vulnerable group—children. According to the Justice Department, 35% of juveniles in custody
report being held in solitary for some time. The mental health effects of even short periods of
isolation—including depression and risk of suicide—are heightened in youth.”231
The Congressional hearings had a synchronistic effect on reform efforts in California.
Many California advocacy organizations submitted written testimony for one or both hearings;232
the hearings themselves and the extensive materials submitted by others enhanced California’s
efforts. The hearings underlined the importance of the issue and the fact that California was part
of a national movement for change.
2. Executive Action by President Obama and a Resolution by the Juvenile Judges
Eventually, President Barack Obama himself stepped into the solitary confinement debate.
In January 2016, the Washington Post published Obama’s op-ed, which referred to Kalief
Browder’s tragic experience and stated that he had directed Attorney General Loretta Lynch to
review the overuse of solitary confinement in U.S. prisons.233 President Obama announced the
completion of that review and that he would be adopting the Department of Justice’s
recommendations, which included banning solitary confinement for juveniles.234 Though the
federal policy had very little practical impact—only thirty youth fell under federal jurisdiction235
–—it held enormous symbolic importance in underlining the significance of the issues.
Later that year, on August 8, 2016, the National Council of Juvenile and Family Court
Judges adopted a resolution on reducing the use of solitary confinement for youth.236 This was
important because the National Council is the largest organization of juvenile judicial officers in
the country, with a long record of involvement in juvenile system policy.237 The resolution
referenced President Obama’s January 2016 ban on solitary confinement for youth in federal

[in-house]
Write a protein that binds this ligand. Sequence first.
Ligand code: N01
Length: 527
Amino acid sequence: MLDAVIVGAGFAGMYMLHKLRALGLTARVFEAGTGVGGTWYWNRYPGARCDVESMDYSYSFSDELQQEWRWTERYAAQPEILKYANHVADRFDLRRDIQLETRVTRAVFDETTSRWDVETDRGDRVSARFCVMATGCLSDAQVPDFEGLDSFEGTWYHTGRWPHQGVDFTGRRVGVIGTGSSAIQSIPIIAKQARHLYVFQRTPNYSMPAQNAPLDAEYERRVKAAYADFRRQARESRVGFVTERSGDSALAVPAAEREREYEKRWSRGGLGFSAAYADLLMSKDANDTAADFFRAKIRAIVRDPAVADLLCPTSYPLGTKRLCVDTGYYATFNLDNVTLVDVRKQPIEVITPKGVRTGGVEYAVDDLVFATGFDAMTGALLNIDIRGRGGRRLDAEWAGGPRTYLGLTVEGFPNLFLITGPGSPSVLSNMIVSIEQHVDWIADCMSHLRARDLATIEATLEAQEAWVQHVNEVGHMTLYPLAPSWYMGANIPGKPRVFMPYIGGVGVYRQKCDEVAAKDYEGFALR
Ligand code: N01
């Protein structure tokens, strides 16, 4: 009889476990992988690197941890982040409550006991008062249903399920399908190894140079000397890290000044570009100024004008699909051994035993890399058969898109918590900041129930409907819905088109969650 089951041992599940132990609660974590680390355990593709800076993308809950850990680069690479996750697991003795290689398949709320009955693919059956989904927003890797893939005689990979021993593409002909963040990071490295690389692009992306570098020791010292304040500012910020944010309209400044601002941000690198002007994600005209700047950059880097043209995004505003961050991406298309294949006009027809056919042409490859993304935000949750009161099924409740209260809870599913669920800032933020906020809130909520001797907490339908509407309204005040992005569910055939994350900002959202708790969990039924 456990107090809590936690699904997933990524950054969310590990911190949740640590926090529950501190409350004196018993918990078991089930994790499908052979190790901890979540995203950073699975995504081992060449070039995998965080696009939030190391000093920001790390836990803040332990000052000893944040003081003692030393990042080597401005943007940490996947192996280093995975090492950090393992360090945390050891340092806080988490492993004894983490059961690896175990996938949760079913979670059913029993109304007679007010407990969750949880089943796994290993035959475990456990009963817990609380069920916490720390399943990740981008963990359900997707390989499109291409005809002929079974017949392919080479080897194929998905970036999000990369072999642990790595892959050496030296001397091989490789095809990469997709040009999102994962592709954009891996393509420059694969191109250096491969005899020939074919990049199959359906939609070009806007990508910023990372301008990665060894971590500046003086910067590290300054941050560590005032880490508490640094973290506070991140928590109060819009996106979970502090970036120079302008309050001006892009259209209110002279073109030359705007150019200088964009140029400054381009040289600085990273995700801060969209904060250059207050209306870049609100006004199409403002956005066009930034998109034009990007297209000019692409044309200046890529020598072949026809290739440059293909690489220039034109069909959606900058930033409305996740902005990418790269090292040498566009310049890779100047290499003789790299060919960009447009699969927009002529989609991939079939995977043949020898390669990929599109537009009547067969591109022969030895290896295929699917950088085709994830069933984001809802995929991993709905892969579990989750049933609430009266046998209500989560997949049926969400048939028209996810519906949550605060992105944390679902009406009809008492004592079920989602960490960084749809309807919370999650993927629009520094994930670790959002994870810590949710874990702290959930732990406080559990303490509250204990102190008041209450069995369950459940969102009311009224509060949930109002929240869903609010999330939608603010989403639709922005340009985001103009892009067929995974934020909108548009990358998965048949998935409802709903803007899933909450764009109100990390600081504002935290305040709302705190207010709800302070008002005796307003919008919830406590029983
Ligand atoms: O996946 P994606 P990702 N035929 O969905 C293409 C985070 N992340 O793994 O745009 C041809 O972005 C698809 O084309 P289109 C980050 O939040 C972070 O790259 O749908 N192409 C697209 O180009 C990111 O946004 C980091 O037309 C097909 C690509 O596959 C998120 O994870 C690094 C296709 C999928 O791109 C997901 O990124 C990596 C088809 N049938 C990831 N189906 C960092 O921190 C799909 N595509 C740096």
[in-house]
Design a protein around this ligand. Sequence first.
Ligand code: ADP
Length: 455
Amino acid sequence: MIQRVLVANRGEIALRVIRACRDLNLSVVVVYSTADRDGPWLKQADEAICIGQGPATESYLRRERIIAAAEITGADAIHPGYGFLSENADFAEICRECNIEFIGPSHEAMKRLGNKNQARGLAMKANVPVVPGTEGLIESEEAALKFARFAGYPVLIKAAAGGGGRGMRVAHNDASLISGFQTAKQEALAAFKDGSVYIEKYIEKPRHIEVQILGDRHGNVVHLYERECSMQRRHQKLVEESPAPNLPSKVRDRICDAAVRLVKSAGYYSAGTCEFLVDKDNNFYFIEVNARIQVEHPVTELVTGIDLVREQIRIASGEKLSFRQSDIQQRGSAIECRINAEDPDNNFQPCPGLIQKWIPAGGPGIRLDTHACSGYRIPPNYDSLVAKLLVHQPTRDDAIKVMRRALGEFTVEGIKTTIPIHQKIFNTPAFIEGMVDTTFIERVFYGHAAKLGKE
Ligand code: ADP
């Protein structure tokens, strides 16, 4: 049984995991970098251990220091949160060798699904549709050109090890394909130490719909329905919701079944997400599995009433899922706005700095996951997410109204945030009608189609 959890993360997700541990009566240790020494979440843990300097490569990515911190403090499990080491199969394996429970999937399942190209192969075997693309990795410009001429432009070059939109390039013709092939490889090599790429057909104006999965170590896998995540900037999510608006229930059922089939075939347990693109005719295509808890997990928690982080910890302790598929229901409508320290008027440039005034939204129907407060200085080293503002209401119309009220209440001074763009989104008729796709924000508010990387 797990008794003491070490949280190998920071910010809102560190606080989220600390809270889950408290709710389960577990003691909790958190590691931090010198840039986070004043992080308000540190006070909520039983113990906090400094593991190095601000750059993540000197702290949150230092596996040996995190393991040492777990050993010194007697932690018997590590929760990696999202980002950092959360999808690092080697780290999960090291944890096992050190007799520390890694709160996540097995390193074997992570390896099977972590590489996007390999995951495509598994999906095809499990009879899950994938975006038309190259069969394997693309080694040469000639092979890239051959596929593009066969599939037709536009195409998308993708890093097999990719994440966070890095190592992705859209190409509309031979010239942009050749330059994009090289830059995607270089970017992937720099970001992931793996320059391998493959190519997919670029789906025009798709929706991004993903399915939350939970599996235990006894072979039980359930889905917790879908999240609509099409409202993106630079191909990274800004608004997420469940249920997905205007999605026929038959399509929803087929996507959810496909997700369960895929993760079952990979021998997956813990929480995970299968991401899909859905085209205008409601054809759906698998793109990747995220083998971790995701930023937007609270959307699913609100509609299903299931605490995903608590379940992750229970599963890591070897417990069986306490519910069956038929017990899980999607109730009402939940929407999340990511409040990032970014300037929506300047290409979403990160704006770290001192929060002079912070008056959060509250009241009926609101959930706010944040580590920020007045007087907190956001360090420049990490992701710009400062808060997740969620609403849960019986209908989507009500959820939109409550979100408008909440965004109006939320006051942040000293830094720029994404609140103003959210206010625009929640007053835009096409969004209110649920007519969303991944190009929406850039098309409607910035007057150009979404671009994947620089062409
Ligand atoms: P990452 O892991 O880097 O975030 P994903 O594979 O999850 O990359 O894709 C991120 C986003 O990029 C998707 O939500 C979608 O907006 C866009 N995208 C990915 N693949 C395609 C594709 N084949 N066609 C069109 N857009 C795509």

233 Barack Obama, Why we must rethink solitary confinement, THE WASH. POST (Jan. 25, 2016),
see also Fact Sheet: Department of Justice Review of Solitary Confinement, OBAMA WHITE HOUSE, (Jan. 25, 2016),
confinement. The U.S. Department of Justice released its report on the use of “restrict housing” in January 2016. U.S.
DEP’T OF JUST., REPORT AND RECOMMENDATIONS CONCERNING THE USE OF RESTRICTIVE HOUSING 1 (Jan. 2016),
235 Beth Schwartzapfel, There Are Practically No Juveniles in Federal Prison — Here’s Why, THE MARSHALL
PROJECT (Jan. 27, 2016), https://www.themarshallproject.org/2016/01/27/there-are-practically-no-juveniles-in-
236 NAT’L COUNCIL OF JUV. & FAM CT. JJ., RESOLUTION REGARDING REDUCING THE USE OF SOLITARY CONFINEMENT
FOR YOUTH 1 (Aug. 8, 2016), http://www.ncjfcj.org/sites/default/files/Final_SolitaryConfinementResolution_8_6-
2016.pdf [hereinafter RESOLUTION REGARDING REDUCING THE USE OF SOLITARY CONFINEMENT FOR YOUTH]. In the
resolution, NCJFCJ defined solitary confinement “as the involuntary placement of a youth alone in a cell, room, or
other area for any reason other than as a temporary response to behavior that threatens immediate harm to the youth
or others.” The resolution further noted the other terms used: “seclusion,” “isolation,” “segregation,” and “room